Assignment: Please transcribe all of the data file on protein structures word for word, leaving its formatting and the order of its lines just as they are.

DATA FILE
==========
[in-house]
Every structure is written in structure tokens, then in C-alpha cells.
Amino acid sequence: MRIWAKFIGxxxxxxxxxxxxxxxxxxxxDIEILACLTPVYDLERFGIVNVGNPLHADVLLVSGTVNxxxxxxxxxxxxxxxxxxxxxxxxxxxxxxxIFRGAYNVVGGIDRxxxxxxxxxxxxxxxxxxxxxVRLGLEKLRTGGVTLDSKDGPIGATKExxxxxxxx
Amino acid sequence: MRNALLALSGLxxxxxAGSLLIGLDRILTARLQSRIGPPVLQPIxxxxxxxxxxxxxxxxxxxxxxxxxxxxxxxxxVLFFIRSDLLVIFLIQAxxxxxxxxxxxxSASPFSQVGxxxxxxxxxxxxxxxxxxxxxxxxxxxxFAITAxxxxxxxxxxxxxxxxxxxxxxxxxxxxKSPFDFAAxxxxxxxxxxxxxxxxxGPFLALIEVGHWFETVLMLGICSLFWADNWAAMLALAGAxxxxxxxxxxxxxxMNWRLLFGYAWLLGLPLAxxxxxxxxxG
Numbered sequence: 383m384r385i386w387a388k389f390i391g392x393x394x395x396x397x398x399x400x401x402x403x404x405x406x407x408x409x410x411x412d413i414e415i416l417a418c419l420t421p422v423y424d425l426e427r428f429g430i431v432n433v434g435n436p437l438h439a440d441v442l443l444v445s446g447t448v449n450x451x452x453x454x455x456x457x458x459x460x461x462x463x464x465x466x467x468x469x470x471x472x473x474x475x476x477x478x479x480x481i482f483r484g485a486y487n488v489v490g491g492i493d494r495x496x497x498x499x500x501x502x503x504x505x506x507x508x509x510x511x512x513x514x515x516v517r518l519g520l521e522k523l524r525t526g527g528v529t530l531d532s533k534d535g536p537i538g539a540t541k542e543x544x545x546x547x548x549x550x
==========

[in-house]
Every structure is written in structure tokens, then in C-alpha cells.
Amino acid sequence: MRIWAKFIGxxxxxxxxxxxxxxxxxxxxDIEILACLTPVYDLERFGIVNVGNPLHADVLLVSGTVNxxxxxxxxxxxxxxxxxxxxxxxxxxxxxxxIFRGAYNVVGGIDRxxxxxxxxxxxxxxxxxxxxxVRLGLEKLRTGGVTLDSKDGPIGATKExxxxxxxx
Amino acid sequence: MRNALLALSGLxxxxxAGSLLIGLDRILTARLQSRIGPPVLQPIxxxxxxxxxxxxxxxxxxxxxxxxxxxxxxxxxVLFFIRSDLLVIFLIQAxxxxxxxxxxxxSASPFSQVGxxxxxxxxxxxxxxxxxxxxxxxxxxxxFAITAxxxxxxxxxxxxxxxxxxxxxxxxxxxxKSPFDFAAxxxxxxxxxxxxxxxxxGPFLALIEVGHWFETVLMLGICSLFWADNWAAMLALAGAxxxxxxxxxxxxxxMNWRLLFGYAWLLGLPLAxxxxxxxxxG
Numbered sequence: 383m384r385i386w387a388k389f390i391g392x393x394x395x396x397x398x399x400x401x402x403x404x405x406x407x408x409x410x411x412d413i414e415i416l417a418c419l420t421p422v423y424d425l426e427r428f429g430i431v432n433v434g435n436p437l438h439a440d441v442l443l444v445s446g447t448v449n450x451x452x453x454x455x456x457x458x459x460x461x462x463x464x465x466x467x468x469x470x471x472x473x474x475x476x477x478x479x480x481i482f483r484g485a486y487n488v489v490g491g492i493d494r495x496x497x498x499x500x501x502x503x504x505x506x507x508x509x510x511x512x513x514x515x516v517r518l519g520l521e522k523l524r525t526g527g528v529t530l531d532s533k534d535g536p537i538g539a540t541k542e543x544x545x546x547x548x549x550x